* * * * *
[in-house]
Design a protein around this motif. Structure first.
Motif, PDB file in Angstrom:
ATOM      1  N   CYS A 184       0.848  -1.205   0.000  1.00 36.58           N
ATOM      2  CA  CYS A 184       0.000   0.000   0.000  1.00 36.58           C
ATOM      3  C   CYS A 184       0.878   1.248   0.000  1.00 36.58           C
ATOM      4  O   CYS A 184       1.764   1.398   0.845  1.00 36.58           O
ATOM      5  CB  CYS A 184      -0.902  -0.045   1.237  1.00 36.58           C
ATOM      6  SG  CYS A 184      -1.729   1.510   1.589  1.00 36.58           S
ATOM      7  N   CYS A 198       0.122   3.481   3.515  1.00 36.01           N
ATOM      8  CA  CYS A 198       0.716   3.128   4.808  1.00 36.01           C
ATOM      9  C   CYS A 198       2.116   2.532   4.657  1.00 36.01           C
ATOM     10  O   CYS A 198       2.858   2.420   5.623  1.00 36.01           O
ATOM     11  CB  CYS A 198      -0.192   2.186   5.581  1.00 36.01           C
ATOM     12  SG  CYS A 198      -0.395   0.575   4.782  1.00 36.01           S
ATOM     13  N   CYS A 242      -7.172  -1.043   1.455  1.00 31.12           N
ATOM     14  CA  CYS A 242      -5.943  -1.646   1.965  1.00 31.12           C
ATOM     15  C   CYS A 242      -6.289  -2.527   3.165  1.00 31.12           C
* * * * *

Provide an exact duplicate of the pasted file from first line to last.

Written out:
[in-house]
Design a protein around this motif. Structure first.
Motif, PDB file in Angstrom:
ATOM      1  N   CYS A 184       0.848  -1.205   0.000  1.00 36.58           N
ATOM      2  CA  CYS A 184       0.000   0.000   0.000  1.00 36.58           C
ATOM      3  C   CYS A 184       0.878   1.248   0.000  1.00 36.58           C
ATOM      4  O   CYS A 184       1.764   1.398   0.845  1.00 36.58           O
ATOM      5  CB  CYS A 184      -0.902  -0.045   1.237  1.00 36.58           C
ATOM      6  SG  CYS A 184      -1.729   1.510   1.589  1.00 36.58           S
ATOM      7  N   CYS A 198       0.122   3.481   3.515  1.00 36.01           N
ATOM      8  CA  CYS A 198       0.716   3.128   4.808  1.00 36.01           C
ATOM      9  C   CYS A 198       2.116   2.532   4.657  1.00 36.01           C
ATOM     10  O   CYS A 198       2.858   2.420   5.623  1.00 36.01           O
ATOM     11  CB  CYS A 198      -0.192   2.186   5.581  1.00 36.01           C
ATOM     12  SG  CYS A 198      -0.395   0.575   4.782  1.00 36.01           S
ATOM     13  N   CYS A 242      -7.172  -1.043   1.455  1.00 31.12           N
ATOM     14  CA  CYS A 242      -5.943  -1.646   1.965  1.00 31.12           C
ATOM     15  C   CYS A 242      -6.289  -2.527   3.165  1.00 31.12           C